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Miswak Stick


Miswak

Dental hygiene is one of the foundations for good health. Bacteria in the teeth and gums can eventually make its way down into other organs of the body and cause all types of dis-ease. Humans have long known about the importance of dental health, and have come up with some pretty useful methods to keep the mouth sanitary and free of bacteria. One of these methods is the miswak stick.

Miswak is a pencil-sized stick 15 to 20 cm long with a diameter of 1 to 1.5 cm. It is believed miswak stick use dates back 7000 years in India, Pakistan, most of the Arabian countries, and some African countries. The stick is derived from the roots and branches of Salvadora persica tree, also known as the Arak tree. The berries and leaves of the Salvadora persica are also known to contain medicinal properties. In areas where the tree is not available, sticks from other local shrubs/trees like orange (Citrus sinensis), lime (Citrus aurantifolia), and neem (Azadirachta indica) can also be used as teeth-cleaning aids.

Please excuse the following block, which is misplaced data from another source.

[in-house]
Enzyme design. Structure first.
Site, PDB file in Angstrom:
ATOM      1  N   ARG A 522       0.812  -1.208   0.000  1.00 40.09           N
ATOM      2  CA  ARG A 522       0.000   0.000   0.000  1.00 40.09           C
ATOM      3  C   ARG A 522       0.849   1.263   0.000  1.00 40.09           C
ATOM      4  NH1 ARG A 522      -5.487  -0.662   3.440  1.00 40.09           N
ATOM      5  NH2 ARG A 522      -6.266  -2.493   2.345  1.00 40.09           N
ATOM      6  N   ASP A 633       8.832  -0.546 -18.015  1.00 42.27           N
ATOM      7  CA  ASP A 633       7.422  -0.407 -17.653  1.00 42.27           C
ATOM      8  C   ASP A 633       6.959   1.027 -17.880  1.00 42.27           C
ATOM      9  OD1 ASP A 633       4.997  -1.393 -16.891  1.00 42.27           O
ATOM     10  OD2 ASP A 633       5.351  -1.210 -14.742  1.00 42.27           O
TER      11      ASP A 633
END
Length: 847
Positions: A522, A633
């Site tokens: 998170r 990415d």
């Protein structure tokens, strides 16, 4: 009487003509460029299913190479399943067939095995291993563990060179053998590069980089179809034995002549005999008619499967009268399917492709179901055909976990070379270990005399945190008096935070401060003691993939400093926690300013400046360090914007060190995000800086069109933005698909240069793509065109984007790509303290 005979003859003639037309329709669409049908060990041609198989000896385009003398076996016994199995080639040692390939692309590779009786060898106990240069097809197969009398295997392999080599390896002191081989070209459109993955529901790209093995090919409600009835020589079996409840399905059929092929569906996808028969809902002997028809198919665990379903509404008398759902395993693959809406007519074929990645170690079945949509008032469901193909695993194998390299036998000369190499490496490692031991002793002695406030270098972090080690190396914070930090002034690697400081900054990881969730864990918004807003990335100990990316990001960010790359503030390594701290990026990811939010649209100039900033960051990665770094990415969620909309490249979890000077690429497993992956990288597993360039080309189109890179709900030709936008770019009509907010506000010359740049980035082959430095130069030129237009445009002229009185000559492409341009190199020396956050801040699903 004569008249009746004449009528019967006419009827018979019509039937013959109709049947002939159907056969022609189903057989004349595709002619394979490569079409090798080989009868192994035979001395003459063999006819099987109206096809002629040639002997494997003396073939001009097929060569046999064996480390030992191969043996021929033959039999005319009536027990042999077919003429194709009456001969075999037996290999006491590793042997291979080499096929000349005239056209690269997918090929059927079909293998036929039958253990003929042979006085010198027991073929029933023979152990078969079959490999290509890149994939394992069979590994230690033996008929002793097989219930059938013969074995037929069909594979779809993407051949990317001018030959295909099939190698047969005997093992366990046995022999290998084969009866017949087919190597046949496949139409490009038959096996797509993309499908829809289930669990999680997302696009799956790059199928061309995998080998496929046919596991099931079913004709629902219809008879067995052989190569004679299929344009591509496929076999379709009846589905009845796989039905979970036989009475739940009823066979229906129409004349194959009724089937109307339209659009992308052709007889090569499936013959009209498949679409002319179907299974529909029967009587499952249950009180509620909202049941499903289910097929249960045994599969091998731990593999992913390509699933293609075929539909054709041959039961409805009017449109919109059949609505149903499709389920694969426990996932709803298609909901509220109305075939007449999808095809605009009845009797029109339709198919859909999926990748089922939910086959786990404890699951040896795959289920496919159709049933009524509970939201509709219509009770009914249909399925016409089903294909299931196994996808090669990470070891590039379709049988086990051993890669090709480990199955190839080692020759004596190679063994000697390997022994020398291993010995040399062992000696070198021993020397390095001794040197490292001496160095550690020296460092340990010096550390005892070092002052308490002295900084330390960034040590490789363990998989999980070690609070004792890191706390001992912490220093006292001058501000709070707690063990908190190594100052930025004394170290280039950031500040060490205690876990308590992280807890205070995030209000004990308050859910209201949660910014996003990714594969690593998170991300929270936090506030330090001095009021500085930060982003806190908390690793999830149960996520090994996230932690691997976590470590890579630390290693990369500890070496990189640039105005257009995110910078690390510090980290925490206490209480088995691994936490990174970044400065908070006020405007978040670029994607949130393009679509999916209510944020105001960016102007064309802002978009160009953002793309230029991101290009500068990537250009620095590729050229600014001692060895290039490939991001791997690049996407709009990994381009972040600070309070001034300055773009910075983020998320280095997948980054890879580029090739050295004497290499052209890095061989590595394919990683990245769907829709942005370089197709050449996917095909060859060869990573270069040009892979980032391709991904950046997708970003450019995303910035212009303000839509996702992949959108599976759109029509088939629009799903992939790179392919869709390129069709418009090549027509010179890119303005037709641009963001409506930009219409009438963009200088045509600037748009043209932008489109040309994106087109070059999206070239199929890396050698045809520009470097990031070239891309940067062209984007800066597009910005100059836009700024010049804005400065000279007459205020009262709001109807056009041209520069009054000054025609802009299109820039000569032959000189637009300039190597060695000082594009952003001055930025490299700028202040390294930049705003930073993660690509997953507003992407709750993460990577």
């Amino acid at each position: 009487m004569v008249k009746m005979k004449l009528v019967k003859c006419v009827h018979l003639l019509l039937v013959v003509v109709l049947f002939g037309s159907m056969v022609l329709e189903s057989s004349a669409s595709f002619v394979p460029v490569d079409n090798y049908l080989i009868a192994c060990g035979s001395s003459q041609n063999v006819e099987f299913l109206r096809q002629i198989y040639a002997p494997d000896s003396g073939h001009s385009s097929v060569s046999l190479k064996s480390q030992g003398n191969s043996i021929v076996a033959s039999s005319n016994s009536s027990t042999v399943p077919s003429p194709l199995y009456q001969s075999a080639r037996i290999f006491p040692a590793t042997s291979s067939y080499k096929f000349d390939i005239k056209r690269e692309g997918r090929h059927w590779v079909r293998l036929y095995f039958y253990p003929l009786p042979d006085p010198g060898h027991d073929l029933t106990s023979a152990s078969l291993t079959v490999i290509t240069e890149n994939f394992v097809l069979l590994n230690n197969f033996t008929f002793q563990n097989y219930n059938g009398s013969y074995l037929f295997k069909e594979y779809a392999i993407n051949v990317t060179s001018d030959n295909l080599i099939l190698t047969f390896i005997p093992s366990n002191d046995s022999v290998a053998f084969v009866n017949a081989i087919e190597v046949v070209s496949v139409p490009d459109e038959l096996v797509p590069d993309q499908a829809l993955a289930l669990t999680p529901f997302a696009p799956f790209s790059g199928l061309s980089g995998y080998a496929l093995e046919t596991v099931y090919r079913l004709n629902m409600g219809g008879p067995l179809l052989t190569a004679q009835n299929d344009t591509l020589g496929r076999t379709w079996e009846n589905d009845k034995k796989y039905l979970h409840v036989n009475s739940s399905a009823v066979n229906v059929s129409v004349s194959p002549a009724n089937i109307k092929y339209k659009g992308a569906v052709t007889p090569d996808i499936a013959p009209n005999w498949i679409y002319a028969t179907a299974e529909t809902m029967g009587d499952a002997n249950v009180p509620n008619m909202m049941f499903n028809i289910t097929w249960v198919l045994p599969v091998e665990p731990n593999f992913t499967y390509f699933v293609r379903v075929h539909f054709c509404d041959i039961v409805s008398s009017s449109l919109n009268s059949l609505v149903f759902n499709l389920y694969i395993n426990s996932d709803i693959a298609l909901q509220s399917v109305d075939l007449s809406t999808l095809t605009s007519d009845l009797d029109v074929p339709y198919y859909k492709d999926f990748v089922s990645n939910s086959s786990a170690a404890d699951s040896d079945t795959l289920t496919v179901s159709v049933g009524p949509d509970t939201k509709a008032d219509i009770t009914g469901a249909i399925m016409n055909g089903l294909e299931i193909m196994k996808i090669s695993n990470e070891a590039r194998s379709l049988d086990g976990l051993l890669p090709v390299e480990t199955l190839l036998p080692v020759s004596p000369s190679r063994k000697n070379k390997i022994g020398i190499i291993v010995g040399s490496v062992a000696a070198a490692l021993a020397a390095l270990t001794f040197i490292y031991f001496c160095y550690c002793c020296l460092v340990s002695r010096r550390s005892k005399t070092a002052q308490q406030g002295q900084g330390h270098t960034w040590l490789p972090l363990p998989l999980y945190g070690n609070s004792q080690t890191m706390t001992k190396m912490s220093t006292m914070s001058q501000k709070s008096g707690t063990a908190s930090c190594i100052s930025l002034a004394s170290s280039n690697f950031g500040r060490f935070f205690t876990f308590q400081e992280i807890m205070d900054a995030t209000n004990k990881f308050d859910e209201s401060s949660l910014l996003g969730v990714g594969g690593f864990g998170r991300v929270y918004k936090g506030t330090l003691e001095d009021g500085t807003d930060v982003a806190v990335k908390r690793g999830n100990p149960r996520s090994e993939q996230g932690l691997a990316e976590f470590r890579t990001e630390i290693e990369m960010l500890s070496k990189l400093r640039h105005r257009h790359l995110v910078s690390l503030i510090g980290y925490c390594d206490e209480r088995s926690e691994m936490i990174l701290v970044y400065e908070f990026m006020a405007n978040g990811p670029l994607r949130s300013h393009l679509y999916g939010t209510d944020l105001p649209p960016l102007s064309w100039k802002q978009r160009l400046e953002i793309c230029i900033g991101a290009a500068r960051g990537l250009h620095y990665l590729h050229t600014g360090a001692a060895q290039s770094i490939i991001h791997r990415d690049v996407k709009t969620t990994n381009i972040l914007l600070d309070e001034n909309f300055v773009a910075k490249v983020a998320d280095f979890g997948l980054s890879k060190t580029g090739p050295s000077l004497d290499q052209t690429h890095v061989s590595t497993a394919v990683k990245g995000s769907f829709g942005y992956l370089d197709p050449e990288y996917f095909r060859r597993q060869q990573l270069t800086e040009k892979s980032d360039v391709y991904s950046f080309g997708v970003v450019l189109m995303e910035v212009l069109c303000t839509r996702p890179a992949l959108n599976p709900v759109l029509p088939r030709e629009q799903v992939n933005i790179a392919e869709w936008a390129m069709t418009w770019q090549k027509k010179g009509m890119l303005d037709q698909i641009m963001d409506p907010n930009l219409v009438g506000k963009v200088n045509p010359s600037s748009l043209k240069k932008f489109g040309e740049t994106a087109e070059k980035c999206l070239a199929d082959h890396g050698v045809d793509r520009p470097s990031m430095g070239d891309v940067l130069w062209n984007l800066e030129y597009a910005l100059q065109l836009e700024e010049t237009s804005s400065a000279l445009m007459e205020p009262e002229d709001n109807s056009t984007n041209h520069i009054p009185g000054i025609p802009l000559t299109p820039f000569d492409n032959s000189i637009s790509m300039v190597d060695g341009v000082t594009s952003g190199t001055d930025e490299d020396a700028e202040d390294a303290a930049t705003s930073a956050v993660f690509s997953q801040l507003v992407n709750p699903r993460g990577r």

Most of the studies paralleling the miswak versus a toothbrush have shown a superior or comparable effect of miswak over toothbrushes (the toothbrush was first patented in 1887, and has not changed significantly from the original design). Miswak has shown the ability to strengthen the gums, prevent tooth decay, halt further decay that has already set in, and eliminate toothaches. In addition to this, miswak is reported to created a fragrance in the mouth, eliminate bad breath, and improve taste-bud sensitivity.

So if you prefer the holistic approach, go ahead and give the miswak a try. It is 100% biodegradable and does not require water or toothpaste. As miswak is currently being sold and packaged with the same branding as toothbrushes, complete with carry cases and other accessories, this ancient practice of dental hygiene may be reestablishing itself as the go-to method for a fresh, clean, bacteria- free mouth.